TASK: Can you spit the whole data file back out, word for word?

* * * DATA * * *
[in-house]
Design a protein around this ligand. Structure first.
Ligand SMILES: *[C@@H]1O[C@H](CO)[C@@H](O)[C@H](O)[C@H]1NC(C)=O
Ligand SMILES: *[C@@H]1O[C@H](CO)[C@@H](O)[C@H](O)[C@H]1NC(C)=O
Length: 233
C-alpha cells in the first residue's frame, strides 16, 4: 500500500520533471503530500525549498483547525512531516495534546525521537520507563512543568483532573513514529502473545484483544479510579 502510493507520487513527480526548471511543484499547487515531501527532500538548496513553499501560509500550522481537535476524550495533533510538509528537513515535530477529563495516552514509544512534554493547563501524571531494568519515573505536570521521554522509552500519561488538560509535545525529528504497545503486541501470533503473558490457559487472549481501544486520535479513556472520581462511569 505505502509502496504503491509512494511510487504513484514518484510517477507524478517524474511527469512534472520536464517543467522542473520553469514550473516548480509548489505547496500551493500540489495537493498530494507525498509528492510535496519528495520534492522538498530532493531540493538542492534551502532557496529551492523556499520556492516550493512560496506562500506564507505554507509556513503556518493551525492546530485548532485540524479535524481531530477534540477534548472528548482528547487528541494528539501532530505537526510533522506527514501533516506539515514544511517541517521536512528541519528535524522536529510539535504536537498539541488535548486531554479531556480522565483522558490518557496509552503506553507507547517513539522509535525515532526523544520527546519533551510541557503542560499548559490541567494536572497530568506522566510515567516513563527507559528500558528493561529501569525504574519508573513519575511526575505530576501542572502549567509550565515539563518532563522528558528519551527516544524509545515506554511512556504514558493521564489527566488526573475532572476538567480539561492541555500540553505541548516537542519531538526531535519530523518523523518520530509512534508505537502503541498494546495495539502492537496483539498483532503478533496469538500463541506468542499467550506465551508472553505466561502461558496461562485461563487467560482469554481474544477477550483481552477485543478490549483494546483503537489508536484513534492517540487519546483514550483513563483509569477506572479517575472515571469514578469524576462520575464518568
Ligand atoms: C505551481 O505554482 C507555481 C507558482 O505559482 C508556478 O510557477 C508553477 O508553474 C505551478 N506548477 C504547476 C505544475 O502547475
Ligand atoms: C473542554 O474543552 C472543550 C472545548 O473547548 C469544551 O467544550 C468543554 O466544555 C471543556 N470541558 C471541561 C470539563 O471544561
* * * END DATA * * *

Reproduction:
[in-house]
Design a protein around this ligand. Structure first.
Ligand SMILES: *[C@@H]1O[C@H](CO)[C@@H](O)[C@H](O)[C@H]1NC(C)=O
Ligand SMILES: *[C@@H]1O[C@H](CO)[C@@H](O)[C@H](O)[C@H]1NC(C)=O
Length: 233
C-alpha cells in the first residue's frame, strides 16, 4: 500500500520533471503530500525549498483547525512531516495534546525521537520507563512543568483532573513514529502473545484483544479510579 502510493507520487513527480526548471511543484499547487515531501527532500538548496513553499501560509500550522481537535476524550495533533510538509528537513515535530477529563495516552514509544512534554493547563501524571531494568519515573505536570521521554522509552500519561488538560509535545525529528504497545503486541501470533503473558490457559487472549481501544486520535479513556472520581462511569 505505502509502496504503491509512494511510487504513484514518484510517477507524478517524474511527469512534472520536464517543467522542473520553469514550473516548480509548489505547496500551493500540489495537493498530494507525498509528492510535496519528495520534492522538498530532493531540493538542492534551502532557496529551492523556499520556492516550493512560496506562500506564507505554507509556513503556518493551525492546530485548532485540524479535524481531530477534540477534548472528548482528547487528541494528539501532530505537526510533522506527514501533516506539515514544511517541517521536512528541519528535524522536529510539535504536537498539541488535548486531554479531556480522565483522558490518557496509552503506553507507547517513539522509535525515532526523544520527546519533551510541557503542560499548559490541567494536572497530568506522566510515567516513563527507559528500558528493561529501569525504574519508573513519575511526575505530576501542572502549567509550565515539563518532563522528558528519551527516544524509545515506554511512556504514558493521564489527566488526573475532572476538567480539561492541555500540553505541548516537542519531538526531535519530523518523523518520530509512534508505537502503541498494546495495539502492537496483539498483532503478533496469538500463541506468542499467550506465551508472553505466561502461558496461562485461563487467560482469554481474544477477550483481552477485543478490549483494546483503537489508536484513534492517540487519546483514550483513563483509569477506572479517575472515571469514578469524576462520575464518568
Ligand atoms: C505551481 O505554482 C507555481 C507558482 O505559482 C508556478 O510557477 C508553477 O508553474 C505551478 N506548477 C504547476 C505544475 O502547475
Ligand atoms: C473542554 O474543552 C472543550 C472545548 O473547548 C469544551 O467544550 C468543554 O466544555 C471543556 N470541558 C471541561 C470539563 O471544561